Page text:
# How to assess stock price movement from implied volatility?

Assume that: - The underlying is at 100 - The implied volatility of ATM call/put is 30%.

Then, is it correct that expected 1-standard-deviation move over the next month is calculated as:

$$100 * 30\% \cdot \sqrt\frac{30}{252} = 10.35 ~ \text{points}$$

I am confused as to whether I should be taking the square root or not.

• It's the last time I let you post question with bad formatting. I already asked you nicely to pay attention in your last question. Next one like this will result in a ban. – SRKX Mar 5 '15 at 7:11
• @Victor123 The calculation is correct. For me, the problem with this calculation is that the volatility is a point on the volatility surface and the result not only depends on the moneyness (which you specified) but also on the term of the option. For a stock, you would typically give ONE volatility number OR concentrate on the investment horizon (here, you should probably take an appropriate value for "time to maturity" on the volatility surface). Maybe its better to calculate the stock's volatility directly if possible. – vanguard2k Mar 5 '15 at 11:04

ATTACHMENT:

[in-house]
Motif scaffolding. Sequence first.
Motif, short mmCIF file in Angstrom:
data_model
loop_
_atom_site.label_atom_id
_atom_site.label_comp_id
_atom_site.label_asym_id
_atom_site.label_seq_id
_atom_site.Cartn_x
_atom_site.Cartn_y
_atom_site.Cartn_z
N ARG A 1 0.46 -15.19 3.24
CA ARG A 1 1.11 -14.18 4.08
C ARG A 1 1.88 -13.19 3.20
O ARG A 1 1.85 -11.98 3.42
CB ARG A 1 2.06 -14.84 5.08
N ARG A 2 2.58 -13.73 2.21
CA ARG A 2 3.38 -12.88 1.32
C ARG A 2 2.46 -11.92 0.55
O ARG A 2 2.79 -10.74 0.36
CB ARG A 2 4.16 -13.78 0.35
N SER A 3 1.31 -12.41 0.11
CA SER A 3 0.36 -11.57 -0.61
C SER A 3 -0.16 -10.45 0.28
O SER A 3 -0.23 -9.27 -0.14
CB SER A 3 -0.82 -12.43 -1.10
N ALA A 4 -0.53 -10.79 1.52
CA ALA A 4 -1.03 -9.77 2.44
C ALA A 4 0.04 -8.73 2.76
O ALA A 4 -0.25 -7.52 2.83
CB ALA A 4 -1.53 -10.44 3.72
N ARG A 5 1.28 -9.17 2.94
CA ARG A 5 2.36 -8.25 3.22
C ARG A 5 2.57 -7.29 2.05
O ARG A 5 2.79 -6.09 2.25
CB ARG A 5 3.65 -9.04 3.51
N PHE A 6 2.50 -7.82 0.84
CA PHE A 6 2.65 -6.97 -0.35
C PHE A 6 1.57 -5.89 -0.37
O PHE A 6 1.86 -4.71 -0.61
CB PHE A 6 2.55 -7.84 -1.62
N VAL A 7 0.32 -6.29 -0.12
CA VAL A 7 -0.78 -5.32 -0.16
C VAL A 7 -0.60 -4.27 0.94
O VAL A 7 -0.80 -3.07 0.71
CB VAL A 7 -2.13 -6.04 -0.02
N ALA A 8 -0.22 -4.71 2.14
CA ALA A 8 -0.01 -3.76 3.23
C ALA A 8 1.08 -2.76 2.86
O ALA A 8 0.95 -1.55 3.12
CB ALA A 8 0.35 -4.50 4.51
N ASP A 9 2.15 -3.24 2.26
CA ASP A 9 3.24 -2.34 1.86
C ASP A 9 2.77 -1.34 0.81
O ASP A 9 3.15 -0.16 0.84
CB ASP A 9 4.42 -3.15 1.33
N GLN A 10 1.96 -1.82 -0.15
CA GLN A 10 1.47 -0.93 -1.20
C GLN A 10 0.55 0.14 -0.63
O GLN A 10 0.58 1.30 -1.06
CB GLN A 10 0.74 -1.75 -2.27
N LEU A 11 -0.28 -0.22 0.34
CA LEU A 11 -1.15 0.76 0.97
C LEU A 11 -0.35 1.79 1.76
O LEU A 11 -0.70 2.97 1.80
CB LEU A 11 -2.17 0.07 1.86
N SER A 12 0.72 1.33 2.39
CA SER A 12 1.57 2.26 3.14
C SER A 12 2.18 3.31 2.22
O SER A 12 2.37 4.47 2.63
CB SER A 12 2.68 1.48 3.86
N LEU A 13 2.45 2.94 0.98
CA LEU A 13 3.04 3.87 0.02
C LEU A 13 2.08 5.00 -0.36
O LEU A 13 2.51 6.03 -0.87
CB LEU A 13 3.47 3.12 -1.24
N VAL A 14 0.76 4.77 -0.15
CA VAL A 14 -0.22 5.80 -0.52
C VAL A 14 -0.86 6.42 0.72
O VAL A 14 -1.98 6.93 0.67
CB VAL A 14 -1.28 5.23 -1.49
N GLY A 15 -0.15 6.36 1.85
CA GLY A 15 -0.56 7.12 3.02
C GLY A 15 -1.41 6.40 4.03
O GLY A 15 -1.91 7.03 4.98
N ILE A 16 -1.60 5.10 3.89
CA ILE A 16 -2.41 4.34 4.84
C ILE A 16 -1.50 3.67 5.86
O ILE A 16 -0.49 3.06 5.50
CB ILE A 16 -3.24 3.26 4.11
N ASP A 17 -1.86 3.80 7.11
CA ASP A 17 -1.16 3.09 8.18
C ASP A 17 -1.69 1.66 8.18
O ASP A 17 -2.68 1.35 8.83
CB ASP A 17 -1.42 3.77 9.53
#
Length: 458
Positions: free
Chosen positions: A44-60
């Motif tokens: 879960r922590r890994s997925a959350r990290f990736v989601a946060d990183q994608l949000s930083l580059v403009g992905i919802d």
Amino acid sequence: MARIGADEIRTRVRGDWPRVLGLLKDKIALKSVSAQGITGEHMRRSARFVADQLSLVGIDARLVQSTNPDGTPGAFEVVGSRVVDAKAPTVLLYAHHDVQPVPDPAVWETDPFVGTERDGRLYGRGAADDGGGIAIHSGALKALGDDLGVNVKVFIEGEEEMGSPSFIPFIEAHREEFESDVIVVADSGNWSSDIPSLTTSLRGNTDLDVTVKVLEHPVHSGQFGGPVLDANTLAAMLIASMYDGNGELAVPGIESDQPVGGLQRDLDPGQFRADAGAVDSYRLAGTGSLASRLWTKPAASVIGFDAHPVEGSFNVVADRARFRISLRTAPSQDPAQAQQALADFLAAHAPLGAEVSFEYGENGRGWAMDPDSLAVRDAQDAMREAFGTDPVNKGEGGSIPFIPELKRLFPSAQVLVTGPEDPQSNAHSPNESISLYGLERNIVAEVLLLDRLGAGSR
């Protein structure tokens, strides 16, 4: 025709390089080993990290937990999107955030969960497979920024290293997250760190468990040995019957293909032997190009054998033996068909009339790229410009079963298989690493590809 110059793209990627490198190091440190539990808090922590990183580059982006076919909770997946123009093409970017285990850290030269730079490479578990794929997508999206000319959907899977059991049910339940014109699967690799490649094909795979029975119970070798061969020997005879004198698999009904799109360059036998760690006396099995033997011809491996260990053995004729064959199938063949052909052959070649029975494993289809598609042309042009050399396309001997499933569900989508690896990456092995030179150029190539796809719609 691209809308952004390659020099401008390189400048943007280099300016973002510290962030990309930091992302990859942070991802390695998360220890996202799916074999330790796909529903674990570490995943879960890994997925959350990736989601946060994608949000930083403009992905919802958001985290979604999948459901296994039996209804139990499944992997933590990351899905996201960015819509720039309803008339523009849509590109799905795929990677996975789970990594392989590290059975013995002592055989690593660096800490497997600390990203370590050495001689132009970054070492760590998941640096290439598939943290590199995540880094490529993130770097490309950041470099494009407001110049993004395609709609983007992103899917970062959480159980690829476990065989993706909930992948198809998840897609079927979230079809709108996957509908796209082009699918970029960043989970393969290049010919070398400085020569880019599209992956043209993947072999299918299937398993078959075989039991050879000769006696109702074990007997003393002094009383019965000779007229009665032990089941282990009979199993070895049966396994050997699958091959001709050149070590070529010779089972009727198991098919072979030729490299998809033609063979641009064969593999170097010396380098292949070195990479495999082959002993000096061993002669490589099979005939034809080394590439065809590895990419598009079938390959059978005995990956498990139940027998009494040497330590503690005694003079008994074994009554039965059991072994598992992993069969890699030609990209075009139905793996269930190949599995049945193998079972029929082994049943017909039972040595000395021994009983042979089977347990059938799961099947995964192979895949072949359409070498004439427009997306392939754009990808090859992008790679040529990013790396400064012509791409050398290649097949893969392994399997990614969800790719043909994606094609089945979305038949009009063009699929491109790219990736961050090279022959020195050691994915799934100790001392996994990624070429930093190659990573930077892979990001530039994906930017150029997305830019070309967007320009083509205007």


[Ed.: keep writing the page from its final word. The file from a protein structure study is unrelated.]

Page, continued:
• I'm not sure I understand the "trick". One important thing though: the answer is only correct if the expected return of the stock is $\mu=0$, other wise he needs to add $\mu$ to +/- his result. – SRKX Mar 5 '15 at 7:25
• One would need $\mu$ but an option does not tell you anyting about the drift as it is assume to be the risk free rate (or you look at the implied forward) ... – Ric Mar 5 '15 at 8:04
• @Richard yeah I mean he has to estimate $\mu$ historically or get it somewhere obviously... – SRKX Mar 5 '15 at 8:41